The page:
Back in 1985, when the above titled movie was released, I excitedly asked to be taken to see it. Although I barely understood 2001, it was science fiction starring the star of Blue Thunder and Jaws.
Well here we are in the actual 2010, there are no deep space missions afoot, and the Soviet Union is long gone (or is it?). So reality is not quite as exciting as the movie (or is it?).
So while the HAL 9000 does not make any day to day decisions for us, it seemed like a good time to start upgrading some of our editing gear. First step is the addition of the much-hyped Matrox MXO2-mini. I should say that most of the hype surrounds using the mini with Final Cut, but little has been described about using it on a PC with Premiere. After getting a few snippets of information on the COW Premiere and Matrox forums, I decided to go for it. The price point is right. Concurrent with this new piece of hardware, we upgraded my machine to Windows 7 and an i7 processor. Here are the results so far:
First off, Roy Scheider would be happy because my desk is starting to look like the inside of the Leonov:
The new deep space transport's central computer is an i7 processor with 8 gigs of RAM, Windows 7 Professional, a new NVIDIA graphics card and for good measure the new Matrox MXO2-mini. We went with the non-MAX version. The i7 chip does a nice job rendering h264, but I'm getting ahead of myself.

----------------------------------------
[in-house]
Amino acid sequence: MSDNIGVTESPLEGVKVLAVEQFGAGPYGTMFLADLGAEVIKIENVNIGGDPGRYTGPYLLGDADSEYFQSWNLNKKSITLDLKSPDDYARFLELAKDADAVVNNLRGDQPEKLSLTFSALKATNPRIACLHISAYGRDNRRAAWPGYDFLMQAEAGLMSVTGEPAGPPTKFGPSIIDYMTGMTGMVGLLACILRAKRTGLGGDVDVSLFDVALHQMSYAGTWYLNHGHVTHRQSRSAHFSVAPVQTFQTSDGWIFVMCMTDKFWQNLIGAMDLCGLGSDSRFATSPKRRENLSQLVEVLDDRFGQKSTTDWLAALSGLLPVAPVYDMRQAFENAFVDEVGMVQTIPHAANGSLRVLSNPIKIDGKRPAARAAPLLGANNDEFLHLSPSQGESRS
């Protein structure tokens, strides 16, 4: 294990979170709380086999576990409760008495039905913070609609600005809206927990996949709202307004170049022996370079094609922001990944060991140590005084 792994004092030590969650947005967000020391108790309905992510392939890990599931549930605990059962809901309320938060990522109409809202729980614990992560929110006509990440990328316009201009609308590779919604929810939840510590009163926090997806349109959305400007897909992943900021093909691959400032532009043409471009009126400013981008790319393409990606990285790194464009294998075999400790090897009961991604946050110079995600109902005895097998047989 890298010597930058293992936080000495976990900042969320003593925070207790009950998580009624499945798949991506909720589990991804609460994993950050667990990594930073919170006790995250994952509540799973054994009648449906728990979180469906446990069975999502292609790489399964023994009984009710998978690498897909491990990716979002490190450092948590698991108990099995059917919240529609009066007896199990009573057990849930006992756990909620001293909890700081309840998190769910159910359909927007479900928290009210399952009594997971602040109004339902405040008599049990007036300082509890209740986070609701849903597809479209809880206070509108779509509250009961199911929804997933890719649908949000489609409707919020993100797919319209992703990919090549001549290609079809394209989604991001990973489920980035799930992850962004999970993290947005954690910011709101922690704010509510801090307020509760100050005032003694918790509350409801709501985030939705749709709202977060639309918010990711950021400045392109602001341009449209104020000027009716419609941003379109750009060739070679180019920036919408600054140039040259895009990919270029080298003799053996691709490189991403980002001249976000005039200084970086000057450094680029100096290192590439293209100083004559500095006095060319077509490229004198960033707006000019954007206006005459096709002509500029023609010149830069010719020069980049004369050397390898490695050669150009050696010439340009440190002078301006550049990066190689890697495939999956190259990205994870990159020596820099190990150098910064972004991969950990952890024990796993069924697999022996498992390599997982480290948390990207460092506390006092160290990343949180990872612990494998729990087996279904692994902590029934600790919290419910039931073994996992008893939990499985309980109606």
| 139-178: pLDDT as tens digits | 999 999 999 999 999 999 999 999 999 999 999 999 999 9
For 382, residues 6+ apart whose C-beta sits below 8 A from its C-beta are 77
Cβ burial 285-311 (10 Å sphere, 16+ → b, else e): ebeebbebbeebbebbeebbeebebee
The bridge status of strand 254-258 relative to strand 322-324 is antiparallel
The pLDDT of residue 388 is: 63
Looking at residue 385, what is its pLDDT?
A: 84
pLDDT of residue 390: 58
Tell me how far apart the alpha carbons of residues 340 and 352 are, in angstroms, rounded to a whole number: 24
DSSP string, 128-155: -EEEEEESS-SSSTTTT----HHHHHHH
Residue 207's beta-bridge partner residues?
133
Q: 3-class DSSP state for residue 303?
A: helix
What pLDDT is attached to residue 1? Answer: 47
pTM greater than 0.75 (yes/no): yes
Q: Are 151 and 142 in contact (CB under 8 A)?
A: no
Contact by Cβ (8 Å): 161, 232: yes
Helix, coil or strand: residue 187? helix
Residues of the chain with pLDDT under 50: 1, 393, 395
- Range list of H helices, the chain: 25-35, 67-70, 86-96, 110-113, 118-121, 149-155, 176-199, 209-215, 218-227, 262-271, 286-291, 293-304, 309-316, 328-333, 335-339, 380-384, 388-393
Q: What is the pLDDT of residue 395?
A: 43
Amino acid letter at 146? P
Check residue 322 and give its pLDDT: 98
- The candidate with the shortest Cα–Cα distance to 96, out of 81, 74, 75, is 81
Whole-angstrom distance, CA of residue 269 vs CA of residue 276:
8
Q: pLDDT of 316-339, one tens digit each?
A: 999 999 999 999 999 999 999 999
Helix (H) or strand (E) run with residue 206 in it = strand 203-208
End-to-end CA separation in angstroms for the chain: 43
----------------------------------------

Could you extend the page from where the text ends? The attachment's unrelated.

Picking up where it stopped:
Our shooting habit includes both HDV, standard DV, standard DVCPRO, and now AVCHD Canon camcorder for the odd pickup shot or reference shot) and h.264 (EOS 7D DSLR). Granted, one can import all of these formats natively into CS4 for somewhat real time playback on the same sequence. But you are limited to monitoring on the LCD computer monitor. Monitoring HDV this way actually looks good, but you lose a monitor for your editing interface.
The Matrox unit gives you simultaneous HDMI and Component or S-Video analog output.
So now one can see what the edited sequence will look like on an actual HD monitor, or analog monitor as the case may be. Not pictured above is the existing Sony 13" Analog CRT (Component or S-Video inputs). So we can account for viewers of any format.
So I thought I'd test playback in a testing situation, not an actual edit, just for the sake of, er, testing.